Goff To Sign Double Tax Agreement With Russia
Foreign Minister Phil Goff and Russian First Deputy Minister of Finance, Dr Sergei Shatalov, will sign a Double Tax Agreement between New Zealand and Russia tomorrow.
"The Agreement will help to reduce the costs for New Zealanders doing business in Russia. It is the most significant agreement signed with Russia since the establishment of the Russian Federation," Mr Goff and Michael Cullen, Minister of Finance and Minister of Revenue said.
"Russia is one of our largest markets for dairy products and offers significant potential for other kinds of business. This agreement will go a long way to reduce the tax impediments to cross-border trade and investment in that country."
"Double tax agreements help trade and investment by better integrating the income tax systems of the two countries involved. For example, they prevent businesses being taxed twice on income they earn in another country, once in that country and again at home.
"Double tax agreements provide greater certainty about future taxation, reduce compliance costs on short-term activities, and lower tax on some income. They also assist enforcement of the law by allowing the exchange of information between tax authorities.
Mr Goff will meet Dr Shatalov in Wellington tomorrow at 3.30pm and they will sign the agreement then.
The Ministers said that the agreement with Russia will extend to 27 the number of double tax agreements in force with our main trading partners.
Key features of the Russia-New Zealand double tax agreement are:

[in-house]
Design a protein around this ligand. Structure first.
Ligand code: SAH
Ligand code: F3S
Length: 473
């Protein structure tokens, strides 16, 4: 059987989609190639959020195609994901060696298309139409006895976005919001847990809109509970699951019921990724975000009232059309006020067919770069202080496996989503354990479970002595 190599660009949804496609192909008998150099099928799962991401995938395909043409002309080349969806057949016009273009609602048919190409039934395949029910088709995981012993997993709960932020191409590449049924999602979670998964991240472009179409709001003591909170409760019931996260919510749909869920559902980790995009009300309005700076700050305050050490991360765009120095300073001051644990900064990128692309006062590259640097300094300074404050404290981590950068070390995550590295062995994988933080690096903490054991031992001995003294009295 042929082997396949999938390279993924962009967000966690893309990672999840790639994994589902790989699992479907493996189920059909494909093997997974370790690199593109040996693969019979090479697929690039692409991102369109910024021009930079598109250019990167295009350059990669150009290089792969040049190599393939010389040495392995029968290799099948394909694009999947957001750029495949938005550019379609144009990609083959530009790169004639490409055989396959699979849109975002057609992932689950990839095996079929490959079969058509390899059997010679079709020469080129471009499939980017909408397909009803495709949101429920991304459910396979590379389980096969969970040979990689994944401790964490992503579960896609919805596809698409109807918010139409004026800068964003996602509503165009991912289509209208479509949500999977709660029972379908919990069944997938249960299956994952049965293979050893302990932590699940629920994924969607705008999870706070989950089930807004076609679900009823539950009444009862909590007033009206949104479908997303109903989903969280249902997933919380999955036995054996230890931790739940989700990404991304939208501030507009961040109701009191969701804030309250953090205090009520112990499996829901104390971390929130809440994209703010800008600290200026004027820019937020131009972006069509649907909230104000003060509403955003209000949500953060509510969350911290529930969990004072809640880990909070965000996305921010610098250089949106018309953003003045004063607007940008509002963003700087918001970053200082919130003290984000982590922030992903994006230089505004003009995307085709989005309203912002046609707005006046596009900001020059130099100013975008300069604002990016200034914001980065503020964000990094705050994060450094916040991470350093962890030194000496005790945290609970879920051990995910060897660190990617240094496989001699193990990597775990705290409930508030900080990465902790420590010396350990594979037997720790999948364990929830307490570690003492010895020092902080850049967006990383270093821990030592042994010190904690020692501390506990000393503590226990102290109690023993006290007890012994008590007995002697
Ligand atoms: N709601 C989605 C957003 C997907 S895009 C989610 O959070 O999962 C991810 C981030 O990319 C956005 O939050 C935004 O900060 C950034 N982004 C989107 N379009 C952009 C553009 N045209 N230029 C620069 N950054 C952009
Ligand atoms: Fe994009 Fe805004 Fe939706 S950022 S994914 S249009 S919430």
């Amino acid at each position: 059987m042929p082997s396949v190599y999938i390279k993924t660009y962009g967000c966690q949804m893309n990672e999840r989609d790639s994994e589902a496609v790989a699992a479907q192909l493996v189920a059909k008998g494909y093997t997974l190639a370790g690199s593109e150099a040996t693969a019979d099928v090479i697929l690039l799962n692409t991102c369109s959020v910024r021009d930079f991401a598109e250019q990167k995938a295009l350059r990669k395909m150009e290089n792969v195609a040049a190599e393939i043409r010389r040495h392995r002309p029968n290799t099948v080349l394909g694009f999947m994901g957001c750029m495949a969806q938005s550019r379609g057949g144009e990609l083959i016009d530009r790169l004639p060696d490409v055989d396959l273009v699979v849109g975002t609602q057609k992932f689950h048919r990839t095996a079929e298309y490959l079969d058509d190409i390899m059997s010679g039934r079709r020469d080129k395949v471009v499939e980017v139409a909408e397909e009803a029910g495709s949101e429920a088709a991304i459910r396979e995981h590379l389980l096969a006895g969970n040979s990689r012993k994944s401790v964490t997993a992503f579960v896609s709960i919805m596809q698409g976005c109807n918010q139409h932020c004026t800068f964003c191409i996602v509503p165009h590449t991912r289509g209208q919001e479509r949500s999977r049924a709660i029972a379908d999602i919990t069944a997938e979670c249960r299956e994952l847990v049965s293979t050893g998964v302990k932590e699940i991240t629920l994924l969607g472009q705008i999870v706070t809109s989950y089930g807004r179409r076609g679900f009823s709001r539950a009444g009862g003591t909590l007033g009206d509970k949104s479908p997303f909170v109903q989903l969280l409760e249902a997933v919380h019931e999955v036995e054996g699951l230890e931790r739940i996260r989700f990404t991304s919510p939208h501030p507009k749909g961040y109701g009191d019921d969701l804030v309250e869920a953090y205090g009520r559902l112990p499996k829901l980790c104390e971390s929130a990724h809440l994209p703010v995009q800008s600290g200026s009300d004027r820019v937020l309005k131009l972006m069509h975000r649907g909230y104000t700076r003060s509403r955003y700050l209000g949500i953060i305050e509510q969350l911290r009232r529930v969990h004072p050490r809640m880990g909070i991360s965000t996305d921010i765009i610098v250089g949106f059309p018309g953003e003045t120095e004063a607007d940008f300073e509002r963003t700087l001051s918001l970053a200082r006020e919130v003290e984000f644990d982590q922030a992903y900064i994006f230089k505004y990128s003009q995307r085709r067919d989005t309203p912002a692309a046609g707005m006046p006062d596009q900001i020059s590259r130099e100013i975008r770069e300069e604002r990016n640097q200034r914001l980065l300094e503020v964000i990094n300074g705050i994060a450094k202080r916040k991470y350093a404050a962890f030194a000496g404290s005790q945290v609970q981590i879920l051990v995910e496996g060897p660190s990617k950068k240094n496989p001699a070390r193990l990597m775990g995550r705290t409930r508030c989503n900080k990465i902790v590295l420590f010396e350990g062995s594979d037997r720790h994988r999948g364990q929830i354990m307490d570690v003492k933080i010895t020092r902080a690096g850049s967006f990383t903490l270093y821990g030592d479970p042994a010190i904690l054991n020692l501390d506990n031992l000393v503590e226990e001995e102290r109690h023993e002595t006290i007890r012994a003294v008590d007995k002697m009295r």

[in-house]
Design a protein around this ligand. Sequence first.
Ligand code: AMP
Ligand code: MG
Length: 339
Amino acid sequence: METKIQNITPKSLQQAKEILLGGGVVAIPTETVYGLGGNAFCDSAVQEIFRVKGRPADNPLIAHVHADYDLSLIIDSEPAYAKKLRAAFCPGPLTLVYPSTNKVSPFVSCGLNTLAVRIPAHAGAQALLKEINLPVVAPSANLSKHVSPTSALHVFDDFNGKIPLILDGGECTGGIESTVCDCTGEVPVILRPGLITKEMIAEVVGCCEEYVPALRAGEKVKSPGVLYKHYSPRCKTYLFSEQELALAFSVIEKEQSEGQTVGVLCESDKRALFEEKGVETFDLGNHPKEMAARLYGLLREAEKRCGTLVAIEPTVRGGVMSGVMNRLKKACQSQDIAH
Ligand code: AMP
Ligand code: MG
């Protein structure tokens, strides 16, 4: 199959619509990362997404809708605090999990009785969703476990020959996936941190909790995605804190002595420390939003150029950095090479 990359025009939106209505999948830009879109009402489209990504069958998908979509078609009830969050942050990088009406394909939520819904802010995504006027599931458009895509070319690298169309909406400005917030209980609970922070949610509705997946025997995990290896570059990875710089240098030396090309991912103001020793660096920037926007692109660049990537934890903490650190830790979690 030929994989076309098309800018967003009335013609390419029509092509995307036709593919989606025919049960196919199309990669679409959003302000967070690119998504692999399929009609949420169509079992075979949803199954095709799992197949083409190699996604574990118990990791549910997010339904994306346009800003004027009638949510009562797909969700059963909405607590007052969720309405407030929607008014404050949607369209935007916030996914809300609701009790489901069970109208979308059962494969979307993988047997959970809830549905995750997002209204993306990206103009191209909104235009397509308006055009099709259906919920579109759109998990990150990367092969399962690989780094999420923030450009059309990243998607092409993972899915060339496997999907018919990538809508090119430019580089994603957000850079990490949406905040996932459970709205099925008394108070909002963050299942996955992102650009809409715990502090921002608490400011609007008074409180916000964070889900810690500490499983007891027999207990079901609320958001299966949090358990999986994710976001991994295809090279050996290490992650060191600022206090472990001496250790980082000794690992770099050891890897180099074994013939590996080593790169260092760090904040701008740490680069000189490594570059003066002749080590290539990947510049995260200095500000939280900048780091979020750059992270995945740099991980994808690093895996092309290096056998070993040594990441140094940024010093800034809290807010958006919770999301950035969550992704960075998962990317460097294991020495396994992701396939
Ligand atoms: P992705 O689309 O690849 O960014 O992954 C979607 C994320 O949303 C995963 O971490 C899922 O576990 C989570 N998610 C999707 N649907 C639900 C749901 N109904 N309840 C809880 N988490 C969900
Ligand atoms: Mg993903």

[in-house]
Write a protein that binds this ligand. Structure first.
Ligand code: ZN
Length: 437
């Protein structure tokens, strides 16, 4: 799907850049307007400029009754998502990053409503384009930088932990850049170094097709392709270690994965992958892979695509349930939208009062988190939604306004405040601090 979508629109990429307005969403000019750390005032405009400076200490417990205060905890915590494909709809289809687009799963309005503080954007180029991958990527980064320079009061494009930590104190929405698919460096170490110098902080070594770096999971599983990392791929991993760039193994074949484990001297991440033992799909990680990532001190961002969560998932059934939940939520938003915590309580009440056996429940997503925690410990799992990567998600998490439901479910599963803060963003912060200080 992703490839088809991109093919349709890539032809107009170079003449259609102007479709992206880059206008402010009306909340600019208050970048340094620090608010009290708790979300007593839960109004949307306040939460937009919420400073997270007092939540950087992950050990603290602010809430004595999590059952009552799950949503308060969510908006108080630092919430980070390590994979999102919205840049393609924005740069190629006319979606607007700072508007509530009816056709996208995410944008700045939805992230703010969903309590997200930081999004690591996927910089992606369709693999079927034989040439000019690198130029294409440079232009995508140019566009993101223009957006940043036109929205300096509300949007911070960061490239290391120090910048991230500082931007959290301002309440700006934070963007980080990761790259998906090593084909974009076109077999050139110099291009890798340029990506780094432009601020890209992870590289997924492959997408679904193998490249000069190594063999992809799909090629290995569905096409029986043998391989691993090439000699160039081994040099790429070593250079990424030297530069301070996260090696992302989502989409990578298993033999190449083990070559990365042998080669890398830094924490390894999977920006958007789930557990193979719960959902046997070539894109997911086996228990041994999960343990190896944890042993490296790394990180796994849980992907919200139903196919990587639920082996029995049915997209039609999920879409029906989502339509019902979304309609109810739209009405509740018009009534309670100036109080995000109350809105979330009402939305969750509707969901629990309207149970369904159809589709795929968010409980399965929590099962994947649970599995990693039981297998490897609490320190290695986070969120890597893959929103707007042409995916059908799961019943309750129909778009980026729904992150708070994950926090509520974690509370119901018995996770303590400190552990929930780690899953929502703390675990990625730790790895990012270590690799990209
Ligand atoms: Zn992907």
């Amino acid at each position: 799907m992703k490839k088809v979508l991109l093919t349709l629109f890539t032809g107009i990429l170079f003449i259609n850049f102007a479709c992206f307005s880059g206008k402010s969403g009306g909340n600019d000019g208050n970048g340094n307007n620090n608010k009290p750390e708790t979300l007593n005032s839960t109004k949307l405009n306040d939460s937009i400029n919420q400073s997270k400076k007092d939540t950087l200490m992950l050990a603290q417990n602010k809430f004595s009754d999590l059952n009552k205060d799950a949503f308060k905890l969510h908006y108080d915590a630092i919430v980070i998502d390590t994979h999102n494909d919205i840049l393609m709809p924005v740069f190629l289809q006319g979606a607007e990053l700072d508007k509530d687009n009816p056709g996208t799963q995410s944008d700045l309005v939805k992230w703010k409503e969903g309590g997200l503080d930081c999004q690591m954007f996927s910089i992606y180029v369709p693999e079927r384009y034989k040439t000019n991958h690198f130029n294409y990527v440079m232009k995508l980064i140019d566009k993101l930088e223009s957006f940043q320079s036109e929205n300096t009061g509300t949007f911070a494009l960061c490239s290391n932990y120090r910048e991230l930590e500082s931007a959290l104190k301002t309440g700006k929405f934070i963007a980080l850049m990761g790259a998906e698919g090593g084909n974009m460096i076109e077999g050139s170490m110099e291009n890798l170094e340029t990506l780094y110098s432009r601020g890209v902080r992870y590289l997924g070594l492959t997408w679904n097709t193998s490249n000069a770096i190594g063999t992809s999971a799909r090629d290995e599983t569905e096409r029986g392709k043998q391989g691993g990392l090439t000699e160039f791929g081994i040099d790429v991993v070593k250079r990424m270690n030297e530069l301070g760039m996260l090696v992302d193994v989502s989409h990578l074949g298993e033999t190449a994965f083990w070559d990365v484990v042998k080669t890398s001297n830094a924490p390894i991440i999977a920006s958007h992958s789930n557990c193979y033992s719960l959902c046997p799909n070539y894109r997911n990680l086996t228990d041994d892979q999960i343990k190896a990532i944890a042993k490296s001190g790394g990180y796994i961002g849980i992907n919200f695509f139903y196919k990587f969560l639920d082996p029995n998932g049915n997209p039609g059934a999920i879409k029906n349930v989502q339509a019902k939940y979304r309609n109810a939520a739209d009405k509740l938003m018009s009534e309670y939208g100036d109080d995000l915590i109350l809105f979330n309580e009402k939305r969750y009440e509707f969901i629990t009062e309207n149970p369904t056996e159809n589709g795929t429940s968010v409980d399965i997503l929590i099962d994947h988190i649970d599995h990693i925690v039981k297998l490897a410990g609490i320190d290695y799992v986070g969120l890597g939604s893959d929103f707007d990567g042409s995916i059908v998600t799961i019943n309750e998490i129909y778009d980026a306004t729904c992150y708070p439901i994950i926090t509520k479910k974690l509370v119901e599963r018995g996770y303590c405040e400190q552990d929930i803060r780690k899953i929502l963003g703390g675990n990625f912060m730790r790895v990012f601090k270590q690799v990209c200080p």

New Zealanders will pay non-resident withholding tax of no more than 15% for dividends derived from Russia, 10% for interest, and 10% for royalties.
The profits of New Zealand businesses will generally be exempt in Russia if the business is of a temporary nature.
Mobile activities such as consultancy, building and construction sites, installation and assembly projects, and natural resource exploration and exploitation must be conducted in Russia for more than 12 months before Russia can tax the income.
Income from professional services can be taxed in Russia only if the person performing the services is present for more than 183 days or has a fixed base there.
New Zealand employees working in Russia will generally not be taxed by Russia unless they spend more than 183 days there.
Profits from insurance, coastal shipping, domestic air transport and real property (including agriculture and forestry) can be taxed in the country in which they are situated, even if the activity is of a temporary nature.
Pensions paid by the government of either state can be taxed in both states (although in the case of the state of residence of the recipient, the taxing right is limited to 50% of the amount of the pension. All other pensions and annuities are to be taxed solely by the state of residence.
Certain forms of discriminatory tax treatment between non-residents by either tax authority are prohibited.
Russians living or carrying on a business in New Zealand will enjoy similar benefits.
The agreement is expected to apply in New Zealand from 1 January 2001 for withholding tax, and from the 2001-02 income year for all other income tax.
The text of the agreement is available on the website of the Policy Advice Division of Inland Revenue at www.taxpolicy.ird.govt.nz.